Indie Book Reviews (page 647)

HOLIDAY IN SLUGLAND by Maureen O'Beirne
CHILDREN'S AND TEEN
Released: July 26, 2011

"A calm tale of vacationing insects set in a cleverly imagined world that may entertain young readers."
The tiny world of Slugland, complete with butterfly waitresses, caterpillar chefs and dragonfly train engineers, comes alive in author and illustrator O'Beirne's reissue of her 2006 chapter book. Read full book review >
MORSELS OF REFLECTION by Rosanna Figna
ESSAYS & ANTHOLOGIES
Released: July 26, 2011

"A witty, deft compilation of curated observations."
An exploration of the aphorism, a time-honored literary form that has delighted audiences for centuries. Read full book review >

FERRET GIRL by Colin Haskin
Released: July 26, 2011

"An absolutely wonderful debut with the potential to become a YA classic."
In a modern take on both Kafka and T.H. White, a young girl learns about life as a human by spending time in her pet ferret's world. Read full book review >
COYOTE HEALER, COYOTE CURANDERO by Mariana Ruybalid
SCIENCE FICTION & FANTASY
Released: July 26, 2011

"Packed with action and ideas, but stylistically invariable."
Personal and social progress are intertwined in Ruybalid's (A Pattern of Silent Tears, 2011) vision of a dystopian future. Read full book review >
Released: July 26, 2011

"An impressive foray into the inner workings of modern civilization—and how it might yet be saved from itself."
An awkward, somewhat New Age-y title doesn't begin to adequately serve this thorough analysis of human civilization and its primordial flaws. Read full book review >

DEVIL’S HAND by M.E. Patterson
THRILLERS
Released: July 25, 2011

"A fast-paced fight against demonic forces that will appeal to lovers of supernatural thrillers."
A down-on-his-luck gambler gets more than he bargained for in this supernatural thriller from Patterson. Read full book review >
Released: July 25, 2011

"Lively, illuminatingly exotic and richly told tale of life during wartime."
Groves' debut historical novel, set in mid-20th-century Japan, is a well-tempered story of cultural dislocation, the ruin of war and faith in love. Read full book review >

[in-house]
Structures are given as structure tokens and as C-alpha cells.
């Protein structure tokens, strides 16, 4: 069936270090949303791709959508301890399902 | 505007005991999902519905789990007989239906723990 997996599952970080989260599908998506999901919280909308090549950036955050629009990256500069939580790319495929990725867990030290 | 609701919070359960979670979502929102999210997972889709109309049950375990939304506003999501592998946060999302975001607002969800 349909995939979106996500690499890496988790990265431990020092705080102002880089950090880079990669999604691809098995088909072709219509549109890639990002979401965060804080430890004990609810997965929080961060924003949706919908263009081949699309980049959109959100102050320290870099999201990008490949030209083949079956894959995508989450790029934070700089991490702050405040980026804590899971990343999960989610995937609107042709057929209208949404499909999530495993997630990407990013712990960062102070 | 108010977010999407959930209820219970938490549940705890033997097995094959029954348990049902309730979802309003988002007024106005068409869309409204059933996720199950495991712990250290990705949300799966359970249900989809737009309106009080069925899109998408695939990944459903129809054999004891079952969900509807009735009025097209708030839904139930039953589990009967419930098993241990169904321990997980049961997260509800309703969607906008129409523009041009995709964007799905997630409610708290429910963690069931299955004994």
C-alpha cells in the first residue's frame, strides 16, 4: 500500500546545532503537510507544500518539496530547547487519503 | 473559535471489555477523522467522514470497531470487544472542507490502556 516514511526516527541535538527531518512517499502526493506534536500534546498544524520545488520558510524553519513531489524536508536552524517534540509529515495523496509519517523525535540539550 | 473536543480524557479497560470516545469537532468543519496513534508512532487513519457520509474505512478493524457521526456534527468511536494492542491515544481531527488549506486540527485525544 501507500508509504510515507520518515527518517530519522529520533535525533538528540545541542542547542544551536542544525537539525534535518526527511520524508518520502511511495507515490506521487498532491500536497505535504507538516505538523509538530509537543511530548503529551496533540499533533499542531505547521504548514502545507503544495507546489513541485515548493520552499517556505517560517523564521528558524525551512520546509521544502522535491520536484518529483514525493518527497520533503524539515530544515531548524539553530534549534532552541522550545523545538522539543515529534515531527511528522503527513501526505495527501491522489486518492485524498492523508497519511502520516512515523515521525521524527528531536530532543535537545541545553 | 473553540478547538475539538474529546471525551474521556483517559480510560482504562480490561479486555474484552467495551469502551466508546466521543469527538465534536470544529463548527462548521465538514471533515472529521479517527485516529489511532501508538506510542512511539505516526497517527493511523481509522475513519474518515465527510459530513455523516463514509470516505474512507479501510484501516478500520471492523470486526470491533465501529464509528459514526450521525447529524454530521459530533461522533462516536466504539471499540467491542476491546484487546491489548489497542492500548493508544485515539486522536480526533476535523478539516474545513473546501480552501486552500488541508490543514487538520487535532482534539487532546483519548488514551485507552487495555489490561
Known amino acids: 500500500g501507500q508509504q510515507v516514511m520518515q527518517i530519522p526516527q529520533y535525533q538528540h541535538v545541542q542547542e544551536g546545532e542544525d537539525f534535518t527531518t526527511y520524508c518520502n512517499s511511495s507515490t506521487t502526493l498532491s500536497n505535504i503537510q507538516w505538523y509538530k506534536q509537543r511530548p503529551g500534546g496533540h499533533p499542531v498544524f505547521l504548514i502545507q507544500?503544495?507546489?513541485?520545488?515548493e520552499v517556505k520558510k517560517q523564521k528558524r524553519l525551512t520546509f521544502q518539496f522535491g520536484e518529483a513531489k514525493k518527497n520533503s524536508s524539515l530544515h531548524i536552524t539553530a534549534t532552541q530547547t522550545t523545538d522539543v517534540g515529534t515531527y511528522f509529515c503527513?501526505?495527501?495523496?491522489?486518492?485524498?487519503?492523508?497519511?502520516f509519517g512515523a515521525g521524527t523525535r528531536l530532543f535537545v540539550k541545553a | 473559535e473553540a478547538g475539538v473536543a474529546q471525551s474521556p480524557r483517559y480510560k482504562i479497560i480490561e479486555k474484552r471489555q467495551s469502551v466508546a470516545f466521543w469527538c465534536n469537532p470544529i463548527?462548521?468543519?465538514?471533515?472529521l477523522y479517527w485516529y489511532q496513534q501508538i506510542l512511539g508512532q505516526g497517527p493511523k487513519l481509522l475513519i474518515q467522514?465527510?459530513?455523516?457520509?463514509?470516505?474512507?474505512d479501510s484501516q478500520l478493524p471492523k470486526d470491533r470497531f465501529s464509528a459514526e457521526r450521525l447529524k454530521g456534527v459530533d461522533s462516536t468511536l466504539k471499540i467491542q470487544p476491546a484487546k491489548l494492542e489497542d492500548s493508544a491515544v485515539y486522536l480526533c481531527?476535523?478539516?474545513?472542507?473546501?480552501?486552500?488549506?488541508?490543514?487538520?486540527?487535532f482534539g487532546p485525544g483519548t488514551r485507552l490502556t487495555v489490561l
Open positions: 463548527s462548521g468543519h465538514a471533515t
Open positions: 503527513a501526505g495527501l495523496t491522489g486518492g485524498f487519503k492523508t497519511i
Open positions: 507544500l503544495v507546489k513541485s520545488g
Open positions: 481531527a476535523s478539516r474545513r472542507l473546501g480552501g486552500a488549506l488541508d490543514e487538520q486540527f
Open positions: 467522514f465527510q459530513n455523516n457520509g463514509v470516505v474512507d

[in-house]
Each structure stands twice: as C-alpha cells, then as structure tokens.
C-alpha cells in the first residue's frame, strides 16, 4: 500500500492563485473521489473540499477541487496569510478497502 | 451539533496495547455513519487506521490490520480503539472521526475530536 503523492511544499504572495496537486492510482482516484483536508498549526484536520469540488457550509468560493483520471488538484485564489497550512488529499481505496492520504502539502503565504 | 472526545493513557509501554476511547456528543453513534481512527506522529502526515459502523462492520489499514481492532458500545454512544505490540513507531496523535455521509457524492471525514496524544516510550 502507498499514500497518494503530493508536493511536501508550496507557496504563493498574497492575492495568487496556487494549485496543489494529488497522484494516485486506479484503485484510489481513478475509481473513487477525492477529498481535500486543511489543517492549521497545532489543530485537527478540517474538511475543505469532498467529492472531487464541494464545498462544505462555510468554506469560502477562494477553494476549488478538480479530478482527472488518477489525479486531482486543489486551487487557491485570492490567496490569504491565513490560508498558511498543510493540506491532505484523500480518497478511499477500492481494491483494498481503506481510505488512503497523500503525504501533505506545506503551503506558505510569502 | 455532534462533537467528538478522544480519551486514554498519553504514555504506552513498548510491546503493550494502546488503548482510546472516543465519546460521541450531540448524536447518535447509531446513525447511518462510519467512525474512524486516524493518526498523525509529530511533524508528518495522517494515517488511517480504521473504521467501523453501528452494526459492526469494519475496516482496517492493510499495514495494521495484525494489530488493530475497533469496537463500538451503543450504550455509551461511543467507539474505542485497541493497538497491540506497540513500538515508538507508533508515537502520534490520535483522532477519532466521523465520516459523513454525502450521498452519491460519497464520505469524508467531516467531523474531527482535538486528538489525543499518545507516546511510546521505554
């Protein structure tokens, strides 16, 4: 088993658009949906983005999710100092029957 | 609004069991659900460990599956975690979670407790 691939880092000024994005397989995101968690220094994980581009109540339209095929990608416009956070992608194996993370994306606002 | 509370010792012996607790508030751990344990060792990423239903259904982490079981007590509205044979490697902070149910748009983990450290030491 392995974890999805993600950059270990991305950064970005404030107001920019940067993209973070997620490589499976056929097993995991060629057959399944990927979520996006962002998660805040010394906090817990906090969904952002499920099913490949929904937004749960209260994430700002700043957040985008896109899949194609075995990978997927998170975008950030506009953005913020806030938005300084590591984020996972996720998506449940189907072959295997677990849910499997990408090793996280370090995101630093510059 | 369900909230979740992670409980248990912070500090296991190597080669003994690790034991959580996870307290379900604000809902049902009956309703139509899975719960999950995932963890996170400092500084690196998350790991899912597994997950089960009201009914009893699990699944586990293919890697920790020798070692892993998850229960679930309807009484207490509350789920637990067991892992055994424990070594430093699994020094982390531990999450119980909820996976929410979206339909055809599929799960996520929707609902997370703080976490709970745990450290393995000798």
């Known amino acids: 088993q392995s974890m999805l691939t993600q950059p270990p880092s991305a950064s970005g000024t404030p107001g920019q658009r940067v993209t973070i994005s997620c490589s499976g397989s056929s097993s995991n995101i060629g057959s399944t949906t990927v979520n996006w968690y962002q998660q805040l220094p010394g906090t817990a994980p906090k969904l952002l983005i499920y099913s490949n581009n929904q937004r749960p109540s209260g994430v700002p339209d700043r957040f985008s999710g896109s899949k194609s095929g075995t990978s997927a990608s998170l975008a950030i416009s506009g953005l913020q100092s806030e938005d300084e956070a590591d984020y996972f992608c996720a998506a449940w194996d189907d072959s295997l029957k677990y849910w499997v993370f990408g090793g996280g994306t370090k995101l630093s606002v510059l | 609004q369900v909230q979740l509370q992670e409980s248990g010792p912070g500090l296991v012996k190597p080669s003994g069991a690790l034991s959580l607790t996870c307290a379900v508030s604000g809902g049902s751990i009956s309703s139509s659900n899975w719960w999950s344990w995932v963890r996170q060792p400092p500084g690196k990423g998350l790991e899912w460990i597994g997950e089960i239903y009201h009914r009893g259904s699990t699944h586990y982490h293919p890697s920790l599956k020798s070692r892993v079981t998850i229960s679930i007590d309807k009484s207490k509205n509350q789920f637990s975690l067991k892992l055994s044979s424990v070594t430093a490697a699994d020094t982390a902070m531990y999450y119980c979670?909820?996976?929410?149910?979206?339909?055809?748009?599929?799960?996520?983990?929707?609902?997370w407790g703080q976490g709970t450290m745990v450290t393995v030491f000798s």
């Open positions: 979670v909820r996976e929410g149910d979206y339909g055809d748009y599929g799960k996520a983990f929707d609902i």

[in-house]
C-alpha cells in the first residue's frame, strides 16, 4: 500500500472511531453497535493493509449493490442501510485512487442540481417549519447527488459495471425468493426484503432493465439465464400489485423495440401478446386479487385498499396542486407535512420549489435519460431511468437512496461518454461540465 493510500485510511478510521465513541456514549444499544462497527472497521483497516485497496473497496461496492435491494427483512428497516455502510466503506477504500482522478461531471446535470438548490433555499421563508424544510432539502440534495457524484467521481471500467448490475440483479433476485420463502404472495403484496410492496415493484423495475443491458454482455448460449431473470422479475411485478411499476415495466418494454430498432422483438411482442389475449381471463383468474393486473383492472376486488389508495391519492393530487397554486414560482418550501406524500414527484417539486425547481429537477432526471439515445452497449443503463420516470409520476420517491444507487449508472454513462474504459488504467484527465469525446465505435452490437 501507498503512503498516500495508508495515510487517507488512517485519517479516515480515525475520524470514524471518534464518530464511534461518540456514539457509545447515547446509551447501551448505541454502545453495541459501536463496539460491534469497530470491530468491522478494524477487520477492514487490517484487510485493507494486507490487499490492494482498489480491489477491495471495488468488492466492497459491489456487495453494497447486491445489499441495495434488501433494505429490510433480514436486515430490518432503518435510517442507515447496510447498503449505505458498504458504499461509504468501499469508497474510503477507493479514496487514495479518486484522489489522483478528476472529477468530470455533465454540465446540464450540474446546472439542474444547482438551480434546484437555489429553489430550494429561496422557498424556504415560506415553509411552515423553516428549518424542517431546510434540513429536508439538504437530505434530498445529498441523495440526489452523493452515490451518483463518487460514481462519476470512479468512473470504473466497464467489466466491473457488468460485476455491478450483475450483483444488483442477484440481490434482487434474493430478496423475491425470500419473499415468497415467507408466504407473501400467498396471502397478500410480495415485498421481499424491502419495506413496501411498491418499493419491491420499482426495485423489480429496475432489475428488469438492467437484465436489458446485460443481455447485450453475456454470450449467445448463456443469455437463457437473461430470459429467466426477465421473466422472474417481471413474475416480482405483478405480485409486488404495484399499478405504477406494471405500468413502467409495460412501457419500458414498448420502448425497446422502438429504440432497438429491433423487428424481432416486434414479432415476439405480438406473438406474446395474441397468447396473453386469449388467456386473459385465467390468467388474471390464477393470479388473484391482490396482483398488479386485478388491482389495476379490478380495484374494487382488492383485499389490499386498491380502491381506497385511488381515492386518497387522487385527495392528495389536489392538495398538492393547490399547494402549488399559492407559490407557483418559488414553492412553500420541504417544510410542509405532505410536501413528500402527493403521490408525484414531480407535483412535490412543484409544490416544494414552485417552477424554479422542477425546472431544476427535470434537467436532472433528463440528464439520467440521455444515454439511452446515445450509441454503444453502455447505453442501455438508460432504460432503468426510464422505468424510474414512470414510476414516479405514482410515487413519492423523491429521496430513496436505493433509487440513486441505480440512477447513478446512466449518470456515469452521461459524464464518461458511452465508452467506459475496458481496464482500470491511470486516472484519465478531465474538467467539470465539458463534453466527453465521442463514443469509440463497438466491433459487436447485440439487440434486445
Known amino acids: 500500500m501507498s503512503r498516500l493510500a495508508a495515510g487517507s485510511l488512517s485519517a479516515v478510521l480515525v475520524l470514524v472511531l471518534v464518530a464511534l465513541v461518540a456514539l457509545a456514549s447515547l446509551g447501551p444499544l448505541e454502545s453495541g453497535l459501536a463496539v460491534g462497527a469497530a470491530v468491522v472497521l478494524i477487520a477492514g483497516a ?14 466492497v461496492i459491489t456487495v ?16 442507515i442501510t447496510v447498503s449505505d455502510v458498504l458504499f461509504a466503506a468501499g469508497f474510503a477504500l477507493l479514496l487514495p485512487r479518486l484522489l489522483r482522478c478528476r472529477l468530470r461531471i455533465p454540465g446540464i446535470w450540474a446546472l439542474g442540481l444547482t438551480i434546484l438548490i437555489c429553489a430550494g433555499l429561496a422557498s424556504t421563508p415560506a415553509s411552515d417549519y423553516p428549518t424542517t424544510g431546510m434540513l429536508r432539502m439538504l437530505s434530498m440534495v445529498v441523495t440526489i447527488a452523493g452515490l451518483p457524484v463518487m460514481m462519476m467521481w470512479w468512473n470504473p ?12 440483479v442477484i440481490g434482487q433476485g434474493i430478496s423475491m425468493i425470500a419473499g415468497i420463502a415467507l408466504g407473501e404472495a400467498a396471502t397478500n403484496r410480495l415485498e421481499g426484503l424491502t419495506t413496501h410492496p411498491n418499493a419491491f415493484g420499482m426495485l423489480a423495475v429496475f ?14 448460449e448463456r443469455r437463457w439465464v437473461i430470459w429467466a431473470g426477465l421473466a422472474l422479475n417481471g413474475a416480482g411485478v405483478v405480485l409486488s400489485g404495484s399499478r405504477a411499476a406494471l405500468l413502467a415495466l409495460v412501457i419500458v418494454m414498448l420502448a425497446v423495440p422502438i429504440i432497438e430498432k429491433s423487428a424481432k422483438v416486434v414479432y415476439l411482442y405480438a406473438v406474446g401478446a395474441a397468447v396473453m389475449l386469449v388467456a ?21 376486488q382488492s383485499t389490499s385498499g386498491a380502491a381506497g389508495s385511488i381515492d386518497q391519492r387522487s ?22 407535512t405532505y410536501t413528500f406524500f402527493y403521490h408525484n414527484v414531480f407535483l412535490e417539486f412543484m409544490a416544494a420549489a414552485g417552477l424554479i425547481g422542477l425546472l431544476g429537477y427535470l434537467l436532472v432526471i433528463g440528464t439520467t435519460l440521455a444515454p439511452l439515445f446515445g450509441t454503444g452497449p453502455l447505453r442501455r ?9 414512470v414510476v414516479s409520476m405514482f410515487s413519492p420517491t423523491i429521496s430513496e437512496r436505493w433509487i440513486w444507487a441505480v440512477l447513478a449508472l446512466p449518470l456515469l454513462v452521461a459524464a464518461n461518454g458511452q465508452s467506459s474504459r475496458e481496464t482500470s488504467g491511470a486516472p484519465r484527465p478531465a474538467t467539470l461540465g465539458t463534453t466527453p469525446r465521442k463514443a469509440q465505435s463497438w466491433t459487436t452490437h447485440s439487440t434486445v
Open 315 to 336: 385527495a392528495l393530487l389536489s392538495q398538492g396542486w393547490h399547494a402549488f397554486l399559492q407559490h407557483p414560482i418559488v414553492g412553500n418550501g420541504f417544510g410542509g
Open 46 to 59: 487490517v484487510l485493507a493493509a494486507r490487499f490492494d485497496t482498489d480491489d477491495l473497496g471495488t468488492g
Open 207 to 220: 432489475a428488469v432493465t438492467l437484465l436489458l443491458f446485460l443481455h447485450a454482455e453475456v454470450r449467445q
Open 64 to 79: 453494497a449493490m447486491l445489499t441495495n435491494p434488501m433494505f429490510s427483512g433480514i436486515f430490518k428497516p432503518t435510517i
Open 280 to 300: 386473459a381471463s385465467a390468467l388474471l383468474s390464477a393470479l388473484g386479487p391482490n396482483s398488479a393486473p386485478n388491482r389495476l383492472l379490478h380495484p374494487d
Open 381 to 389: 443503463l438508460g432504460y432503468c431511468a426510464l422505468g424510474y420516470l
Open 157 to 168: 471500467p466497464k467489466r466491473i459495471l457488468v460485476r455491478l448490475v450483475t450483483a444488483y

Released: July 24, 2011

"A highly intimate rendering of one person's attempt at religious insight."
Carty presents a collection of Christian poems. Read full book review >
THE LESSER GODS by K.D. Azariah-Kribbs
Released: July 24, 2011

"A rollicking, provocative read that hits a few speed bumps."
Man was thrown from paradise to suffer and die, but he took a book with him; now modern-day terrorists and the Vatican are willing to kill to possess it. Read full book review >
Released: July 23, 2011

"Lyrically descriptive and unabashedly steampunk; the first of what promises to be a rewarding series of novels."
An urchin, a prince and the prince's guards protect Victorian England from a threat to its monarchy in this debut novel. Read full book review >
VIEWS FROM THE MAINLAND by Joe Brennan
Released: July 23, 2011

"A lengthy but thorough and valuable treatment of living in China."
An American records his daily experiences as an English teacher in China. Read full book review >
Released: July 23, 2011

"Folks new to the game will find Gratt's guidebook an accessible, reasonable entry point."
Gratt's beginner's guide to high-stakes poker is chock-full of basic know-how. Read full book review >
Kirkus Interview
Vanessa Diffenbaugh
September 1, 2015

Vanessa Diffenbaugh is the New York Timesbestselling author of The Language of Flowers; her new novel, We Never Asked for Wings, is about young love, hard choices, and hope against all odds. For 14 years, Letty Espinosa has worked three jobs around San Francisco to make ends meet while her mother raised her children—Alex, now 15, and Luna, six—in their tiny apartment on a forgotten spit of wetlands near the bay. But now Letty’s parents are returning to Mexico, and Letty must step up and become a mother for the first time in her life. “Diffenbaugh’s latest confirms her gift for creating shrewd, sympathetic charmers,” our reviewer writes. View video >